Matthew 10:1-25; Leviticus 7-8; Proverbs 22
Word of mouth. According to most people, that’s the best advertising there is. If a friend recommends a movie, a book, or a restaurant, you’re probably more likely to go to that movie, buy that book, or eat at that restaurant. If you are in a new town, you may check online review sites to make sure that the place you are interested in patronizing has good service and good products. Sometimes though, a place may have great reviews, and the owner does something outrageous. The result is that people then go to these review sites and destroy the reputation of that company. It doesn’t take much for years of good work and a wonderful reputation to be ruined.
It works the same way for individuals. Say one stupid thing, make one spiteful comment, and years of a fine reputation can be destroyed. Now that we have the internet, it doesn’t take long to destroy yourself by doing something stupid. I’m sure that you can think of many recent examples. Solomon reminded people of this truth long ago. While people didn’t have the internet to destroy themselves, word of mouth was important back in his day also. “A good name is more desirable than great riches; to be esteemed is better than silver or gold.” (Proverbs 22:1)
One of the great things about Proverbs is that the teachings make sense. Solomon sets up a dichotomy: should a person focus on gaining great wealth or should they worry about their reputation? There are many people who, by their actions, would disagree with Solomon here. Gold and silver have become their gods. They cut financial and ethical corners. They bend the rules. They use people in horrible ways. All of this is done in the pursuit of wealth. If wealth is the end result of our desires, anything we do to acquire it becomes reasonable. We have seen people who have engaged in all kinds of horrible practices just to gain wealth. These people become ugly people sitting on the throne of a kingdom of one because no one wants to be around them. If anyone does choose to be around them, it is because they are as conniving as all the others in the kingdom. No one around them is pleasant or enjoyable company. The watchword in that type of society is to watch your back.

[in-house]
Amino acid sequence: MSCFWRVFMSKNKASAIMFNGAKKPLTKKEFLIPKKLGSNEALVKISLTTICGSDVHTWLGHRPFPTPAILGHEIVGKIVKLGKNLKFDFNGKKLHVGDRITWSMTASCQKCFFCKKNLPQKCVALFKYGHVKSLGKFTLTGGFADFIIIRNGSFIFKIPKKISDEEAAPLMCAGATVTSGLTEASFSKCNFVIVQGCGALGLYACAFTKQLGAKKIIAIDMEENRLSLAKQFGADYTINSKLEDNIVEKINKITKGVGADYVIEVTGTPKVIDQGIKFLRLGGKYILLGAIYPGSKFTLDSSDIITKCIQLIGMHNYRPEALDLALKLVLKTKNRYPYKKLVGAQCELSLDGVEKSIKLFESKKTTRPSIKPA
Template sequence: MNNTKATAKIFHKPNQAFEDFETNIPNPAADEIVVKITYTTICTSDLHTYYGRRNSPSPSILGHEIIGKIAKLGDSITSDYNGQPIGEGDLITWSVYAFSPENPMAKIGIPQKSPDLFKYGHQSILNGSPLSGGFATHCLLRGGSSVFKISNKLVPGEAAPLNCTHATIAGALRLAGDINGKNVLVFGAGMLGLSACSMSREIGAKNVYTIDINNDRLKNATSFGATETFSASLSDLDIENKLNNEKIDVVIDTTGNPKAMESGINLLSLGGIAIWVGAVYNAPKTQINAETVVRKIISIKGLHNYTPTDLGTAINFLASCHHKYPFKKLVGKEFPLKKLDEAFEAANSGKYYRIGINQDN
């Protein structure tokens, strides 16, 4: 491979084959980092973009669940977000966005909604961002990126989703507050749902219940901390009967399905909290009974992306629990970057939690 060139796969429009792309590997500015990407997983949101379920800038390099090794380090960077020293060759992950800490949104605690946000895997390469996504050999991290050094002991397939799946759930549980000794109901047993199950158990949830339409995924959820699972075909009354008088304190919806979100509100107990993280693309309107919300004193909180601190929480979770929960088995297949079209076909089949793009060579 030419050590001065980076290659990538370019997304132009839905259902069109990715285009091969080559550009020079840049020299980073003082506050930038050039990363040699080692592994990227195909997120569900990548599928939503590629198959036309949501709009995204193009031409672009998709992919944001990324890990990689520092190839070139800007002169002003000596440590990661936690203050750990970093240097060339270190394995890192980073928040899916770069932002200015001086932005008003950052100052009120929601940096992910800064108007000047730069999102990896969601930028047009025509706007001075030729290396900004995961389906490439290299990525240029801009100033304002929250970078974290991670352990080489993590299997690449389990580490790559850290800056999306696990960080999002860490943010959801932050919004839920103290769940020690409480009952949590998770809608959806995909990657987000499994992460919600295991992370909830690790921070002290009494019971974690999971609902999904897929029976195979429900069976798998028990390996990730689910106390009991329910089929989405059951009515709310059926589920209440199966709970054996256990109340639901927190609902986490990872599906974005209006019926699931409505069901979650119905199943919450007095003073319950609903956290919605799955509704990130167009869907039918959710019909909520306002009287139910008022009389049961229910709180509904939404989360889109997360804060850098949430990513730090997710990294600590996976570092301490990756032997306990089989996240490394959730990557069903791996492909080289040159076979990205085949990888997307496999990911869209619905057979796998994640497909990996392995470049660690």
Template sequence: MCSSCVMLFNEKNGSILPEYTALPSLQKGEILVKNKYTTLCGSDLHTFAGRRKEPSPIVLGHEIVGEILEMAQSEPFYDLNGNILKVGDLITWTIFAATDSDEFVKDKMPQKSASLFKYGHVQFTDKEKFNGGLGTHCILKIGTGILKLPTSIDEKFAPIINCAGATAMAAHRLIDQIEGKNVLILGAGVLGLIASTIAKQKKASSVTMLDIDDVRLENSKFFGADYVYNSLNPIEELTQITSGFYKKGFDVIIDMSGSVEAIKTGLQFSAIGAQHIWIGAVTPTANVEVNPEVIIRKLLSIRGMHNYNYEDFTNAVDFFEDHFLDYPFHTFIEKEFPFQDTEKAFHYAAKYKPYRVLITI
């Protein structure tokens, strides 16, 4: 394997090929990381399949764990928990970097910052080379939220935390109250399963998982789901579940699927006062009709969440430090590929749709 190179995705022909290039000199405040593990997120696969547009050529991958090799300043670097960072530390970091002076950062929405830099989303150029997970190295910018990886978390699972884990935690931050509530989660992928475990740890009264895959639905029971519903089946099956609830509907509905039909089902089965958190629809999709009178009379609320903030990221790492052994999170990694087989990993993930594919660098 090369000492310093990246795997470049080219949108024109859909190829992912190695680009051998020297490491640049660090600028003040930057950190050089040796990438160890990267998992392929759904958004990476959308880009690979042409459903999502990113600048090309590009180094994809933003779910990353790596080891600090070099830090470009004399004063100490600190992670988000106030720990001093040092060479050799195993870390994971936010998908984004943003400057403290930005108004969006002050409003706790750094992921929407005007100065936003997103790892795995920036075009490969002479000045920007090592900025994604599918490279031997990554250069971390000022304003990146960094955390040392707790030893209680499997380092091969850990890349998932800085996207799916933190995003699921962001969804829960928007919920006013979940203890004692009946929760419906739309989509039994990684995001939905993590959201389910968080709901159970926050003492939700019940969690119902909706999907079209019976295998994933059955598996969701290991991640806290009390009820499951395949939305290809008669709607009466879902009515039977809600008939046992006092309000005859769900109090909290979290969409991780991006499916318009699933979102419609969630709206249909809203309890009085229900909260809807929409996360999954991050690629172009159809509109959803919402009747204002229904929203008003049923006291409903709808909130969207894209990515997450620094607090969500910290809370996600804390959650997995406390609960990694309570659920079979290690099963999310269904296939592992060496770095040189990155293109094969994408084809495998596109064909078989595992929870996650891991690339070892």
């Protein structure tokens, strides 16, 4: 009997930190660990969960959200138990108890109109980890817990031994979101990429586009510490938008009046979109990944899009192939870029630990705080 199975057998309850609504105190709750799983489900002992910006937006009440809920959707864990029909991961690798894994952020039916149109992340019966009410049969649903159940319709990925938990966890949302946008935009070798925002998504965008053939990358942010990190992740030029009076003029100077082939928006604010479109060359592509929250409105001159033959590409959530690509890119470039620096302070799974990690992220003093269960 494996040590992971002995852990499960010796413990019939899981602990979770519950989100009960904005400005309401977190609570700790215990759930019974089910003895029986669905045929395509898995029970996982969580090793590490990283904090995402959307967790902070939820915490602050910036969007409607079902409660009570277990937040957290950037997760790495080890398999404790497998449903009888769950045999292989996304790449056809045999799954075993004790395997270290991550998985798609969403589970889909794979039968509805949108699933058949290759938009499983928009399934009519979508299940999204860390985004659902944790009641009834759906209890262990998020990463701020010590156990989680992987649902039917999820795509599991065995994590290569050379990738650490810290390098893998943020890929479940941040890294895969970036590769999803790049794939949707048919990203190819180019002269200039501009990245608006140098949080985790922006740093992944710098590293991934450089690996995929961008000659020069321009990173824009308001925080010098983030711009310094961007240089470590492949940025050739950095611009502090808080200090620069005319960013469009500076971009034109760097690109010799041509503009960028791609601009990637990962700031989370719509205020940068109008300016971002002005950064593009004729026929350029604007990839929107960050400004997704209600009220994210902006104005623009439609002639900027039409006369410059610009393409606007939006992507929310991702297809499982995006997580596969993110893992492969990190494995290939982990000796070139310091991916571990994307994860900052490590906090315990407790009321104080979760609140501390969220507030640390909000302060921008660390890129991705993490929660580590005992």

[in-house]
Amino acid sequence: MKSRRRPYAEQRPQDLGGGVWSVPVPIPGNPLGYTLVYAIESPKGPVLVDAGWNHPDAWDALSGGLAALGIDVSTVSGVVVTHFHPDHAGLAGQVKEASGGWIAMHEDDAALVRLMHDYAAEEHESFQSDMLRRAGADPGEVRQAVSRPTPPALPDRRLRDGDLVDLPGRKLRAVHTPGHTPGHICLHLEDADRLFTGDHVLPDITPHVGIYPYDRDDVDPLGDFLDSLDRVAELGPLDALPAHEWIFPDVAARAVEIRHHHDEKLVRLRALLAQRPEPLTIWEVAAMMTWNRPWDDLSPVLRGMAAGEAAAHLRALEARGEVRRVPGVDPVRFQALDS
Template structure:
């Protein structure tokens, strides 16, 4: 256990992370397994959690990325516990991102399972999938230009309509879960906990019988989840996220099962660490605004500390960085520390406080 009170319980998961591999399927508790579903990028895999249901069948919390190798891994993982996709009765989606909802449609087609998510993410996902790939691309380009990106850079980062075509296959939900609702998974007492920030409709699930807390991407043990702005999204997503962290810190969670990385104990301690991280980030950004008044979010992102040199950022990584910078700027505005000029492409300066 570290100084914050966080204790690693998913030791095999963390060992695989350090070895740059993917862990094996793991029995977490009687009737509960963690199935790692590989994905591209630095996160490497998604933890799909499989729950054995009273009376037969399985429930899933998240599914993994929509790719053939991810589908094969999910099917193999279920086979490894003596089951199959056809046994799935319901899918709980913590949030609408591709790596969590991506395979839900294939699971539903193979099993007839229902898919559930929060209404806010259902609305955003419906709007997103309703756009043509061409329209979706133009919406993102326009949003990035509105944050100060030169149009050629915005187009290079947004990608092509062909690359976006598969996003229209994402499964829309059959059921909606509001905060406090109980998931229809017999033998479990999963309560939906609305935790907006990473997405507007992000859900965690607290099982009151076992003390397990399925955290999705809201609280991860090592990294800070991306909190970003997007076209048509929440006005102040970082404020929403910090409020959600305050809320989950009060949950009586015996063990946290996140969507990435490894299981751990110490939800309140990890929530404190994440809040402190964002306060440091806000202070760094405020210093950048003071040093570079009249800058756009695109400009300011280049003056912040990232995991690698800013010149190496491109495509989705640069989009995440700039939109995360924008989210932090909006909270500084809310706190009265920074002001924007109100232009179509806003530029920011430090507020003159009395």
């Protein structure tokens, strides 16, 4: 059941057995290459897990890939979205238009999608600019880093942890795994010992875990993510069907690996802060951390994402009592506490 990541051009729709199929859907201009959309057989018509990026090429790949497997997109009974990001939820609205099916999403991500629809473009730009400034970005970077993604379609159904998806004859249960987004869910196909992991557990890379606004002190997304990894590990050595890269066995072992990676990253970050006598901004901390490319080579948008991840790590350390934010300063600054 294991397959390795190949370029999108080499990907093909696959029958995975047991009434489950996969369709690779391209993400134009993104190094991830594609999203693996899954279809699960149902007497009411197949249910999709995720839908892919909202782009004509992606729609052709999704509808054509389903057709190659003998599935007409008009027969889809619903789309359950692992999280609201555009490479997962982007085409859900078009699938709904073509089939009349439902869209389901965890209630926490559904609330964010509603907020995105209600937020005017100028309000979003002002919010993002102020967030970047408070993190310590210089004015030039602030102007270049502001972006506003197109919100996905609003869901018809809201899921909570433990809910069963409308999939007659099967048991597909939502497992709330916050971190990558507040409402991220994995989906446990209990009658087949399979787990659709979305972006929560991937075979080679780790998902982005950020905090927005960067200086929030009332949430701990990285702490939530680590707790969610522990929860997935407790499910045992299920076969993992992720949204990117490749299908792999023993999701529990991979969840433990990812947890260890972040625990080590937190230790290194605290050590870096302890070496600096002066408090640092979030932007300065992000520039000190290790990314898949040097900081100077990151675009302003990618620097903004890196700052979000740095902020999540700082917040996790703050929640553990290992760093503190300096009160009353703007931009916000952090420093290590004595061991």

The person who develops a reputation for doing the right thing gets a good name. The other result of that is that other people who have that same concern gather around that person. The old saying “birds of a feather, flock together” usually is meant as a warning. We remind our children of that when they begin hanging around kids who have a bad reputation. At the same time, it’s an observation that reminds us that when we have a good reputation, others like that will want to be around us. There is no shortcut for gaining a good reputation. You build a good reputation by doing the right thing all the time. When you mess up, as you will, you apologize and find a way to make it right. You do that, rather than offer excuses and explanations, because your reputation is more important sometimes than being right, or being understood. For the follower of Christ, it may be harder to maintain a good reputation. When we measure ourselves against the perfection of Jesus, we recognize our shortcomings. It’s human to seek to hide those shortcomings. When we fully understand the mercy and grace of God through Jesus, though, we know that we can confess those sins and failures, become the people God wants us to become and show the world the greatness of God through our lives. It’s a sobering reality that when we follow Christ, our reputation affects the way people in the world see God.
Oh Lord, let my reputation always be one of a person who follows You no matter what the cost. When I fail, let me be quick to apologize and do what I need to so that I can make things right with others.
Daily Devotion by Bob James